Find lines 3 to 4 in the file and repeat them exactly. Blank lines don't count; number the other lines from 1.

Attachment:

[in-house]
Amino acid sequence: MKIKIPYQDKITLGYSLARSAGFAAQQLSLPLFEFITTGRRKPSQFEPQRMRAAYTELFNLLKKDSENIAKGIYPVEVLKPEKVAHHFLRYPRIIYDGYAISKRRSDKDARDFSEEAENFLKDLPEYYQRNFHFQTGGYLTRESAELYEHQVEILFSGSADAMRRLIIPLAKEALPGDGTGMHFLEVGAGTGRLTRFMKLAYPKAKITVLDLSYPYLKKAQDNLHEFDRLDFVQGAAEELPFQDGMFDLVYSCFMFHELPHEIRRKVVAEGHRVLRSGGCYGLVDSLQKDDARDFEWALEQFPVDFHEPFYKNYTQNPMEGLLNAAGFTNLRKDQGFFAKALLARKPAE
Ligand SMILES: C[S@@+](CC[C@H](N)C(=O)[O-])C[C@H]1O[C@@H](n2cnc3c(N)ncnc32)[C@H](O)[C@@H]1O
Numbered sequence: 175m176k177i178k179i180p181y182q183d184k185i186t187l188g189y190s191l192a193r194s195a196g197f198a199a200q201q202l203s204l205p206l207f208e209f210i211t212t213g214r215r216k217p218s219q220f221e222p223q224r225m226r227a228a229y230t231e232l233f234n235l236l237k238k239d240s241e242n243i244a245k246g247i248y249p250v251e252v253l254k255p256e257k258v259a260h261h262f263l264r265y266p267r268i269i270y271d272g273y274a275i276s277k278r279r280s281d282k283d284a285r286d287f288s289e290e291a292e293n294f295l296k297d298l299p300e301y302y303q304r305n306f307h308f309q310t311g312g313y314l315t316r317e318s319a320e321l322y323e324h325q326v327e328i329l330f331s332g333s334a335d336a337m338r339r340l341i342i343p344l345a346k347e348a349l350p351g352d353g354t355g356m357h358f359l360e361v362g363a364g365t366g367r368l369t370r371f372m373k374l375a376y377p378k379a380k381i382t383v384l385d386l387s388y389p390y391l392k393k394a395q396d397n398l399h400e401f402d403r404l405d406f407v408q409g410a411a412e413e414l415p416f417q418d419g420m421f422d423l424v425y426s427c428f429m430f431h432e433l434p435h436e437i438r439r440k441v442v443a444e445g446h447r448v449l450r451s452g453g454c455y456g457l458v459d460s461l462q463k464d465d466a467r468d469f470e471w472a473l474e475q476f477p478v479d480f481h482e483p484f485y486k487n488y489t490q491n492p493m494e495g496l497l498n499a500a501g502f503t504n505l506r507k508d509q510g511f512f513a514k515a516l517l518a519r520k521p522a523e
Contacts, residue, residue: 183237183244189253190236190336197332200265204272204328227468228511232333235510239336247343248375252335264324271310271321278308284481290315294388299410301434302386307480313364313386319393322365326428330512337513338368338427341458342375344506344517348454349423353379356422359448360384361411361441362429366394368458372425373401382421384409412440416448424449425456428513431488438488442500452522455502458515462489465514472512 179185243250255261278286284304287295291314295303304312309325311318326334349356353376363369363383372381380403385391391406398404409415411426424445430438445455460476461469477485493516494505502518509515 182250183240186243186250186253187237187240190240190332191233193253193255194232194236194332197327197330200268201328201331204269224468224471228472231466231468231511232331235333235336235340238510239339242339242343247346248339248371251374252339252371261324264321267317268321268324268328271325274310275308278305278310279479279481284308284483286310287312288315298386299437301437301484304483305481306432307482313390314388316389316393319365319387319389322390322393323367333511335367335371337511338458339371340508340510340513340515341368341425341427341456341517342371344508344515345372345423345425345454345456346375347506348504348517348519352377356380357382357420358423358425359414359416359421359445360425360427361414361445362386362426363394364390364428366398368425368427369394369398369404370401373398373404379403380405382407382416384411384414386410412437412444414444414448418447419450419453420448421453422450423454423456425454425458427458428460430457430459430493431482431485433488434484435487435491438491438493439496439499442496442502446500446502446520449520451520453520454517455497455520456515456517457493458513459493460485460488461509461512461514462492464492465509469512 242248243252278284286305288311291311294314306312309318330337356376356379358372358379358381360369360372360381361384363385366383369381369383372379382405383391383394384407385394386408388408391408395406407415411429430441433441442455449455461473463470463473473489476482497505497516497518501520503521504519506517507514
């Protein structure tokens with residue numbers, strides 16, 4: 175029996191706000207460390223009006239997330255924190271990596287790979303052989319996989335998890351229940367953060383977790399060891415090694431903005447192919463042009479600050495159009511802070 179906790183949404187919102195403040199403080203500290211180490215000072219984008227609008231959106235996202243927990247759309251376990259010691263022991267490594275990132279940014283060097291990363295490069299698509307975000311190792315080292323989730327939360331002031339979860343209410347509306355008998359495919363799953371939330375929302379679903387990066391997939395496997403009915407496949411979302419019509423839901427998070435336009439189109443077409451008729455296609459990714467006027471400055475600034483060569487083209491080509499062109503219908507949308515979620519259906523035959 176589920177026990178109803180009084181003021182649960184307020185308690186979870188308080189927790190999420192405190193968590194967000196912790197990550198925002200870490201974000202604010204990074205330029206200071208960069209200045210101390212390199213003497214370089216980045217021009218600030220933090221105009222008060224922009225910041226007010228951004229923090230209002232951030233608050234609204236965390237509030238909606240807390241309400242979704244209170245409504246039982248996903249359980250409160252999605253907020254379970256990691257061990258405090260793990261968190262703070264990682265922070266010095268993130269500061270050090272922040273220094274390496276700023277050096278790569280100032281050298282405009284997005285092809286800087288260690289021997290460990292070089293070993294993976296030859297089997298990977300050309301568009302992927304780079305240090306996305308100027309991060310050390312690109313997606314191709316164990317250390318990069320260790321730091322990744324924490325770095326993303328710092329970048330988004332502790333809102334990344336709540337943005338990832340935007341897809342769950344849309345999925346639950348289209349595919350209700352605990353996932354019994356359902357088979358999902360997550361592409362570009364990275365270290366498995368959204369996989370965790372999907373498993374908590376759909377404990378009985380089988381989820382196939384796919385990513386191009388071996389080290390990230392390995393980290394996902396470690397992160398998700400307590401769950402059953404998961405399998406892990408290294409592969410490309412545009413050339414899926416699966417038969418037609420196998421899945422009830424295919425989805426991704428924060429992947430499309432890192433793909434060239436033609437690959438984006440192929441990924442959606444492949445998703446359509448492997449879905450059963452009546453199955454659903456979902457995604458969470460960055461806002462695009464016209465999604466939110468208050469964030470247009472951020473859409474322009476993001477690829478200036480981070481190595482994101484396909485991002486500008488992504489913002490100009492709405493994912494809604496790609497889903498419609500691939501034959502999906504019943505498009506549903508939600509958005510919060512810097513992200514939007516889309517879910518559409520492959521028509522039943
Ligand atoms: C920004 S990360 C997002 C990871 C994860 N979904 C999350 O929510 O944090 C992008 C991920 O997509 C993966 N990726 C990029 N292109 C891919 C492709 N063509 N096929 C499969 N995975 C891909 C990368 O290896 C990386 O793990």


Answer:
Ligand SMILES: C[S@@+](CC[C@H](N)C(=O)[O-])C[C@H]1O[C@@H](n2cnc3c(N)ncnc32)[C@H](O)[C@@H]1O
Numbered sequence: 175m176k177i178k179i180p181y182q183d184k185i186t187l188g189y190s191l192a193r194s195a196g197f198a199a200q201q202l203s204l205p206l207f208e209f210i211t212t213g214r215r216k217p218s219q220f221e222p223q224r225m226r227a228a229y230t231e232l233f234n235l236l237k238k239d240s241e242n243i244a245k246g247i248y249p250v251e252v253l254k255p256e257k258v259a260h261h262f263l264r265y266p267r268i269i270y271d272g273y274a275i276s277k278r279r280s281d282k283d284a285r286d287f288s289e290e291a292e293n294f295l296k297d298l299p300e301y302y303q304r305n306f307h308f309q310t311g312g313y314l315t316r317e318s319a320e321l322y323e324h325q326v327e328i329l330f331s332g333s334a335d336a337m338r339r340l341i342i343p344l345a346k347e348a349l350p351g352d353g354t355g356m357h358f359l360e361v362g363a364g365t366g367r368l369t370r371f372m373k374l375a376y377p378k379a380k381i382t383v384l385d386l387s388y389p390y391l392k393k394a395q396d397n398l399h400e401f402d403r404l405d406f407v408q409g410a411a412e413e414l415p416f417q418d419g420m421f422d423l424v425y426s427c428f429m430f431h432e433l434p435h436e437i438r439r440k441v442v443a444e445g446h447r448v449l450r451s452g453g454c455y456g457l458v459d460s461l462q463k464d465d466a467r468d469f470e471w472a473l474e475q476f477p478v479d480f481h482e483p484f485y486k487n488y489t490q491n492p493m494e495g496l497l498n499a500a501g502f503t504n505l506r507k508d509q510g511f512f513a514k515a516l517l518a519r520k521p522a523e